MadSci Network: Biochemistry

Subject: Does all starch dissapear when it is hydrolysed by amylase enzyme?

Date: Sat Jul 2 14:18:51 2011
Posted by Irshaad
Grade level: 10-12 School: Saint Joseph's College
City: Curepipe State/Province: Plaines Wilhems Country: Mauritius
Area of science: Biochemistry
ID: 1309641531.Bc

      I read that enzyme-catalysed reactions are reversible reactions. 

      So, if the reaction is allowed to proceed in a test-tube, an equilibrium 
should be reached in which there is some reactant left (unlike in a cell, where 
the products are constantly being used up).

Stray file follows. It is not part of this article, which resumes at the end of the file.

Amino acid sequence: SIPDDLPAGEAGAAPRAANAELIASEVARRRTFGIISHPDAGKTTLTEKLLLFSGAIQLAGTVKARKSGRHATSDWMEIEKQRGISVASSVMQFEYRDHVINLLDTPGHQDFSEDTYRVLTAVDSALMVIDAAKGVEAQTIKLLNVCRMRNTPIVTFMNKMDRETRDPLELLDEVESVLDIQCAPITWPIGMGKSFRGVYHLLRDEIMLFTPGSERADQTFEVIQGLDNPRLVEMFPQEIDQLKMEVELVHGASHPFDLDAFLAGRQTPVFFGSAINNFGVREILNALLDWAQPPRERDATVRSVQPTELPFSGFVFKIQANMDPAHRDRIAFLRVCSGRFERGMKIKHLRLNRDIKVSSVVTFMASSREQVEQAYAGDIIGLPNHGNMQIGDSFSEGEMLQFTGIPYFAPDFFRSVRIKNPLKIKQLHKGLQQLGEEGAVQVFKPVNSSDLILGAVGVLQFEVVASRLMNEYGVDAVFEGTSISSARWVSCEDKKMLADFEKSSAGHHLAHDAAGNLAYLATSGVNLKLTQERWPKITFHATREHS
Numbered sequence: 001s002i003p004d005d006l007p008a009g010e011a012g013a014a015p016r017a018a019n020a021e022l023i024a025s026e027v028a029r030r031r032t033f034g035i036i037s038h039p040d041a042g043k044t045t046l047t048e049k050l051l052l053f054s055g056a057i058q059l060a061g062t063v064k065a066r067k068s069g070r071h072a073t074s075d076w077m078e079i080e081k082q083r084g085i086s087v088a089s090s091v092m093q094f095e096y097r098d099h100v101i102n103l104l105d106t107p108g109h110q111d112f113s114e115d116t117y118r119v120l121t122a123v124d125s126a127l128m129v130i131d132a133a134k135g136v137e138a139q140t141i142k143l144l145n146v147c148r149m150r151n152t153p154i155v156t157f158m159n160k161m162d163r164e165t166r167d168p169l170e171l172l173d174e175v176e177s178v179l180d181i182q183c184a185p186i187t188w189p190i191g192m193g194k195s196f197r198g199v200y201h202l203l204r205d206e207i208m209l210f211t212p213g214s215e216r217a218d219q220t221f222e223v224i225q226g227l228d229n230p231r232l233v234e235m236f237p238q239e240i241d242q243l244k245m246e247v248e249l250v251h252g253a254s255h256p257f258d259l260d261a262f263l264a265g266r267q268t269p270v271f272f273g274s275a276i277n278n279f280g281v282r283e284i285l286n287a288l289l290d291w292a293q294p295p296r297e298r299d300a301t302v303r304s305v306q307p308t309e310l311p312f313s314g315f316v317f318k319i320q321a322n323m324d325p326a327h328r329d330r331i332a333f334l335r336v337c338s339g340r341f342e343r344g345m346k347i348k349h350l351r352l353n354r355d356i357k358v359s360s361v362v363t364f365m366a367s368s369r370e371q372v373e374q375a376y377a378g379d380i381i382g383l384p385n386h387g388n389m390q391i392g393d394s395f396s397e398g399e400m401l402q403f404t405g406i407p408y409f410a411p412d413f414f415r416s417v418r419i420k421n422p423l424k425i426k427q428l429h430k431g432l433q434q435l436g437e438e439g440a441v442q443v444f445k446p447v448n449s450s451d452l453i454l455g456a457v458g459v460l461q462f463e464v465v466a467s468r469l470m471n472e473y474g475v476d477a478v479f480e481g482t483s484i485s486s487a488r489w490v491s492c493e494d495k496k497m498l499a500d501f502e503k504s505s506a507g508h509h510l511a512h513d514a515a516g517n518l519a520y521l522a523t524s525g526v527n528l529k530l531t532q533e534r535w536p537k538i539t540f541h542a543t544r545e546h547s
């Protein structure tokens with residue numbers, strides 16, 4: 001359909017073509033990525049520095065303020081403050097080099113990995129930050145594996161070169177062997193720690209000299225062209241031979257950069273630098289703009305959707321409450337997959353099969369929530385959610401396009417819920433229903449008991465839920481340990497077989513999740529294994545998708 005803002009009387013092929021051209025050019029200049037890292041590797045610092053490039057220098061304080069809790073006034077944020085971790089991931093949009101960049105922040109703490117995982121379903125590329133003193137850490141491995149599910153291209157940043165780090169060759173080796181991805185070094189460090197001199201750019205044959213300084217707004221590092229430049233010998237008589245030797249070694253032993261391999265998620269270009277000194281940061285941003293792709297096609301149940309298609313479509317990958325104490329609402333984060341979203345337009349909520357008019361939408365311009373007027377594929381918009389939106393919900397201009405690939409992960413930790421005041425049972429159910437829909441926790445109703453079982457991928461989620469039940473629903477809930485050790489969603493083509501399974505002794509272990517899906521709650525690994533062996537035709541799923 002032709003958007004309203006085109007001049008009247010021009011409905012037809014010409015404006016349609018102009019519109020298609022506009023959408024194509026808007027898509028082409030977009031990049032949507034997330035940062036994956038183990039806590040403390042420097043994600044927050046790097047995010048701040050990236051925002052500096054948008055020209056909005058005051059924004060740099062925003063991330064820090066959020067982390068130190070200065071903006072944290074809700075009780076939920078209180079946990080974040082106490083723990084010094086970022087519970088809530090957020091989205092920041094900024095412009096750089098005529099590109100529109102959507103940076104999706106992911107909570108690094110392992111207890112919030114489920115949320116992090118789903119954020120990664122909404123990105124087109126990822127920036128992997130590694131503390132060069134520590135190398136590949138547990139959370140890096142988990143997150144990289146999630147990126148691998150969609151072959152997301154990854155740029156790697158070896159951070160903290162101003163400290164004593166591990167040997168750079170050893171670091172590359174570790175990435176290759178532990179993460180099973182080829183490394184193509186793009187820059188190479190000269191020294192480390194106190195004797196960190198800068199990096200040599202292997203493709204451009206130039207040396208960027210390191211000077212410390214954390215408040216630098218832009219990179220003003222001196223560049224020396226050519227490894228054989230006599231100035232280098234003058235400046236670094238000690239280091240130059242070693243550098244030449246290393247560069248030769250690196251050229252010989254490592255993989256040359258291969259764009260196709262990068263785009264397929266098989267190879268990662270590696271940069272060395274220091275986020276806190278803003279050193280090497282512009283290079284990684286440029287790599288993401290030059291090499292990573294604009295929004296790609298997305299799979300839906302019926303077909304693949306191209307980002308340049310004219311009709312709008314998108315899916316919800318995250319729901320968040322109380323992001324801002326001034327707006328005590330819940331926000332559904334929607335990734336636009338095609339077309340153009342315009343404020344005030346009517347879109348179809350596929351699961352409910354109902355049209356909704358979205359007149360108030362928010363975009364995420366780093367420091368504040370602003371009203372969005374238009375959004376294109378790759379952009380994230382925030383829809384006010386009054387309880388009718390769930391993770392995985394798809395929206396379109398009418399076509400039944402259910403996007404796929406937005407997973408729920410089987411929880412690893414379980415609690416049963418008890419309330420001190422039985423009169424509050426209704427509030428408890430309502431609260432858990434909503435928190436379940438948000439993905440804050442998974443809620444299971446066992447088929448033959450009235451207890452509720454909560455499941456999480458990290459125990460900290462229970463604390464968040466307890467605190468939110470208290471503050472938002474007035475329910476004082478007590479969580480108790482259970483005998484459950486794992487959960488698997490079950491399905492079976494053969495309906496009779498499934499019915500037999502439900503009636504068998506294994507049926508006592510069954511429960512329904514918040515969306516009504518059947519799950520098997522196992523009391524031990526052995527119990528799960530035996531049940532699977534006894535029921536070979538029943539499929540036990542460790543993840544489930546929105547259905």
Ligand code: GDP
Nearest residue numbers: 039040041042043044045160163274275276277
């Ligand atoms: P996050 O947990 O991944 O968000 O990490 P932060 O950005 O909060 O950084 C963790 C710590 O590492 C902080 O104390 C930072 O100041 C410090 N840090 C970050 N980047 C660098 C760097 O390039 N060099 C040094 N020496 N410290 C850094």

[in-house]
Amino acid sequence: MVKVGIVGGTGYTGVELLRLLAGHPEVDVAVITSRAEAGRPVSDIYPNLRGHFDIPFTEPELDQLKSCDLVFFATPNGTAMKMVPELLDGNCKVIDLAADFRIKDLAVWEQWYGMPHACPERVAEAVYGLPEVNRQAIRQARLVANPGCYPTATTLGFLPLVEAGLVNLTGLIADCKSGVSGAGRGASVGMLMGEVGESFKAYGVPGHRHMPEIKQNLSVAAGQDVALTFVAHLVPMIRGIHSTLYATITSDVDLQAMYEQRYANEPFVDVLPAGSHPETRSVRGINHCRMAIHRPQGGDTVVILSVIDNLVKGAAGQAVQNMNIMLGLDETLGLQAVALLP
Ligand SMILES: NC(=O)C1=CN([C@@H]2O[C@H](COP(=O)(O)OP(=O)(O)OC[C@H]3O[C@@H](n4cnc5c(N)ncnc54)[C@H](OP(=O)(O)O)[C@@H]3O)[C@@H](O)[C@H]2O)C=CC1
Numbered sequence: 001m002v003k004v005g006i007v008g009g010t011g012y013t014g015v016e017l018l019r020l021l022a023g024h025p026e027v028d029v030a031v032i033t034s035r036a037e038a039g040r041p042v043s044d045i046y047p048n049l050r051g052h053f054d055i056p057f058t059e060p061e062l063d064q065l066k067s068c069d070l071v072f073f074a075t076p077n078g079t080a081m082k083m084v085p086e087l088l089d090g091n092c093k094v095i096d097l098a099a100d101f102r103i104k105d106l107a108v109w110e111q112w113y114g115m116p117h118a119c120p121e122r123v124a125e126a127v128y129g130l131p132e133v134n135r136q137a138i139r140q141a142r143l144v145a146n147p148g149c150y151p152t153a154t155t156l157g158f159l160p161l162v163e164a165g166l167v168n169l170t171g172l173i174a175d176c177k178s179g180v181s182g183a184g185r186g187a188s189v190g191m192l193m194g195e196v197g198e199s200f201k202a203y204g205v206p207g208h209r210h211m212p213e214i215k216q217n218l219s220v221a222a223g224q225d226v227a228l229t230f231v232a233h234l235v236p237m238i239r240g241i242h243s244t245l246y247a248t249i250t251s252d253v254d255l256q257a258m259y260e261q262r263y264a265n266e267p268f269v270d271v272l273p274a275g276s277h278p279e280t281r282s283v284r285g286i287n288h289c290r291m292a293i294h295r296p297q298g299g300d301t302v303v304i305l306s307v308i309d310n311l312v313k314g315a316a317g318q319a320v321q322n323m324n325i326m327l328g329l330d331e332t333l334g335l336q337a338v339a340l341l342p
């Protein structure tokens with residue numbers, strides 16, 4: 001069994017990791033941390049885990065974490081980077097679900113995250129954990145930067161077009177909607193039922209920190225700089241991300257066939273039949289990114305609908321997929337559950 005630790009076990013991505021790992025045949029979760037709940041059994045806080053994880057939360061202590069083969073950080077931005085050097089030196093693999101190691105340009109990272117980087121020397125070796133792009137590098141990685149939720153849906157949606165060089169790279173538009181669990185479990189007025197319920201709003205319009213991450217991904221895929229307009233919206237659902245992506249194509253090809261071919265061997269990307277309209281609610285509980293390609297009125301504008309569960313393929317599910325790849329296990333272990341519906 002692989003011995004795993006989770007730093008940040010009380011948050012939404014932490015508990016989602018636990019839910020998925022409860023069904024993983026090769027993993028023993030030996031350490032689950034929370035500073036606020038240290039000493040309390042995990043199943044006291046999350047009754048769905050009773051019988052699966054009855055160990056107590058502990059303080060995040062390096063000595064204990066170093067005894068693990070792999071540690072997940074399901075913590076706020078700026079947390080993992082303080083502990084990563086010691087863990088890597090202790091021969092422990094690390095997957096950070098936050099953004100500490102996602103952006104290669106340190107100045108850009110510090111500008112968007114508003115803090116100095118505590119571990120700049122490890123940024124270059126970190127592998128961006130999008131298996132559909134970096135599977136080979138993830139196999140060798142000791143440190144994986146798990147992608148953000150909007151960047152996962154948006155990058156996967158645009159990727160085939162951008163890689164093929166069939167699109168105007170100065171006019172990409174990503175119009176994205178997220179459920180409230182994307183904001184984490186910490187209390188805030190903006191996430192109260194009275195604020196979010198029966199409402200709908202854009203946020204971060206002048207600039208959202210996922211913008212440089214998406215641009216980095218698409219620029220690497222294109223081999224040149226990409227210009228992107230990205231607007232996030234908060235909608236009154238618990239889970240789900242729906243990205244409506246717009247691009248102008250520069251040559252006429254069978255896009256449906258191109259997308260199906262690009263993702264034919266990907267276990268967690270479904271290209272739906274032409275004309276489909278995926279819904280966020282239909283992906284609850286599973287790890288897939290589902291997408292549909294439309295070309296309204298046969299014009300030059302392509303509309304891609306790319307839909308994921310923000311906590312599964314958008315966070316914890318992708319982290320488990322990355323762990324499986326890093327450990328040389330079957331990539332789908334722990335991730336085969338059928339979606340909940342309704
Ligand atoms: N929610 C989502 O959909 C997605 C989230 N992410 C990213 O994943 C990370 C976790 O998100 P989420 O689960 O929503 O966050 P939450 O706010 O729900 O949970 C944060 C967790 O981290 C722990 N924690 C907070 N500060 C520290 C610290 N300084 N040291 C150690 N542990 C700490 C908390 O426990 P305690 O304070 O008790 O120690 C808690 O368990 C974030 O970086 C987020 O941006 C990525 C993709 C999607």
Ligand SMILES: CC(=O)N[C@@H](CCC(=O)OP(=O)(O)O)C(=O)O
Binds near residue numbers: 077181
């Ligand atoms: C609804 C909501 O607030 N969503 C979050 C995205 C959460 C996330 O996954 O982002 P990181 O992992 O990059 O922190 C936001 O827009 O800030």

This sounds weird, especially when considering the hydrolysis of starch by 
amylase. If some starch is mixed with amylase and the reaction is allowed to 
occur and then iodine is added, there is NO BLUE-BLACK colouration, indicating 
the absence of starch and hence COMPLETE hydrolysis into maltose. But this 
should not have been the case with a REVERSIBLE reaction; some reactant (starch) 
should be left and a blue-black colour SHOULD be obtained.

      Actually, my teacher told me that enzyme-catalysed reactions are 
irreversible, but I kept on arguing with her since I found the opposite in the 
book Biological Science, by Taylor, Green and Stout. She gave me the observation 
with starch and amylase as a proof of her stance and I could not refute her 
      I would be very much obliged to anyone who could help me out.

Re: Does all starch dissapear when it is hydrolysed by amylase enzyme?

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